At step 888, it is determined whether the tear down was successful. This can be determined from output generated by the command sequence procedure and/or by messages received from the NG-OTN 110. If it is determined at step 888 that tear down was not successful, processing continues and step 892, at which step the NG-OSS 140 reports the failure and failure code to the client device 120. The NG-OSS 140 may also generate a trouble ticket to trace the problem. The NG-OSS 140 then waits for another service request.

On the other hand, if it is determined at step 888 that tear down was successful, the success is reported to the client device 120 at step 894. At step 896, the service record and related databases are updated to reflect the successful tear down. At step 898, billing information may be sent to accounting. The NG-OSS 140 then waits for another service request.

While examples have been discussed for setup, modification, and tear-down commands, the service logics 144 defining JBOD services can be configured to process many other JBOD service related commands or requests. Further, those skilled in the art will recognize that JBOD command sequences to be executed by the NG-OTN 110 can utilize protocols other than TL1. For example, the NG-OSS 140 may be configured with service logics 144 designed to generate CORBA (e.g., using a TMF-814 based information model), XML, and SNMP protocols.

B. Scheduled Bandwidth On-Demand (SBoD)

Scheduled bandwidth-on-demand (SBOD) services enable users to submit bandwidth schedules along with service requests to take advantage of predictable or repetitive patterns of bandwidth usage. SBOD services provide users with the ability to schedule bandwidth and other provisioning services in advance. Using SBOD services, the service provider is able to provide users with bandwidth according to the submitted schedules. In one embodiment, all scheduled bandwidth changes are generally completed within a few minutes of the scheduled time. SBOD services provide users, especially enterprise users, with the ability to tailor service bandwidths to actual usage patterns, thereby providing users with control of their operation efficiency and communications costs. Users can decrease costs of communications services, especially during non-peak periods. SBOD services can further include other service and provisioning features disclosed above.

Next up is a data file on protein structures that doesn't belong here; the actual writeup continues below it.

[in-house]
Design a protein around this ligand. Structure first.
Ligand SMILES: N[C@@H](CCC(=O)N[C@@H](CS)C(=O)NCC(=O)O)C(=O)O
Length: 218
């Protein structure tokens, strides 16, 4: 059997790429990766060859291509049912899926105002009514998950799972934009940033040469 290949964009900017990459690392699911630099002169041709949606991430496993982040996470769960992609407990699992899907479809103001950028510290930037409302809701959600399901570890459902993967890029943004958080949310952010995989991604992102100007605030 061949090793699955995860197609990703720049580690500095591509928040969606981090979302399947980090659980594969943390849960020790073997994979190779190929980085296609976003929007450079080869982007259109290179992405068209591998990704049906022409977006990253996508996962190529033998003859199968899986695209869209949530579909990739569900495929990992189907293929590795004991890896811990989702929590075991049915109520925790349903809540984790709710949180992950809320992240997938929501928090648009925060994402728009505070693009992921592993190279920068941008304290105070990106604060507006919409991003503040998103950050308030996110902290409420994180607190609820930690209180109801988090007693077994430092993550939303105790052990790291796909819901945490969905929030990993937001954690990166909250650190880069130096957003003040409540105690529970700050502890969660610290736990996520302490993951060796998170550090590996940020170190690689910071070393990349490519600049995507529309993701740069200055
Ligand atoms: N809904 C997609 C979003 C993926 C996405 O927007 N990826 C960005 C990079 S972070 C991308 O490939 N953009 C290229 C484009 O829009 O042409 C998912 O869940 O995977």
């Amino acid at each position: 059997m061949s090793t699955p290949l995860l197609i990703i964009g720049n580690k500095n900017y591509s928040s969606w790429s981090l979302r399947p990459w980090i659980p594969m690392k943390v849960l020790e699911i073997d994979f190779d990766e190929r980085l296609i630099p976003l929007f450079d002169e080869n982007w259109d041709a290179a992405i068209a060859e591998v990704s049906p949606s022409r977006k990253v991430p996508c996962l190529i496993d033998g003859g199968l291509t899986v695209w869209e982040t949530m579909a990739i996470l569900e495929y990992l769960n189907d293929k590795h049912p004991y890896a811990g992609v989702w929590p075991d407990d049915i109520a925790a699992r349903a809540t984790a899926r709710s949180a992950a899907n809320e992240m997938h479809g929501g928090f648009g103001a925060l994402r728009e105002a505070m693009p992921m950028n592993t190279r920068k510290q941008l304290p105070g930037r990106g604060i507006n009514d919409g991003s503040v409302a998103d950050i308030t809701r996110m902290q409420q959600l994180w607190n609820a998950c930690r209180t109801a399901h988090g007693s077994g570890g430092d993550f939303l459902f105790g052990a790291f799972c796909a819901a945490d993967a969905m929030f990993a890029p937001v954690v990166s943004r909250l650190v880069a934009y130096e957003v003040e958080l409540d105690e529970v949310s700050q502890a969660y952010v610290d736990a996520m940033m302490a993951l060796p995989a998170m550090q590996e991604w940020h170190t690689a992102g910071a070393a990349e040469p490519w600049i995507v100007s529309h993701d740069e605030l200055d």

FIGS. 9A-9D are flowcharts showing examples of the flow of the service logics 144 defining SBOD services for four different SBOD service requests—a schedule setup request, a modification request, a tear-down request, and a timer notification. Prior to the beginning of the processes shown in FIGS. 9A-9D, the NG-OSS 140 initiates communications with network elements 122 of the NG-OTN 110. In some embodiments, these communications comprise Transaction Language (TL1) communications. Once communications have been initiated with the NG-OTN 110, the NG-OSS 140 launches a timer thread for keeping time to recognize beginning and end times of bandwidth periods. The NG-OSS 140 then waits for notifications, including notifications of service requests from the SMS 134, timer notifications, and/or notifications of service commands (e.g., a timer notification or alarm) from the NG-OTN 110.

SBOD service logics 144 may be configured to monitor for alarm notifications related to the communications lines to the NG-OTN 110. For example, service logics 144 defining SBOD can check for TL1 alarm notifications. If a TL1 alarm is received, the NG-OSS 140 acknowledges and logs the alarm. The system 100 can also notify network or system operators of the alarm.

1. SBOD Setup Process Flow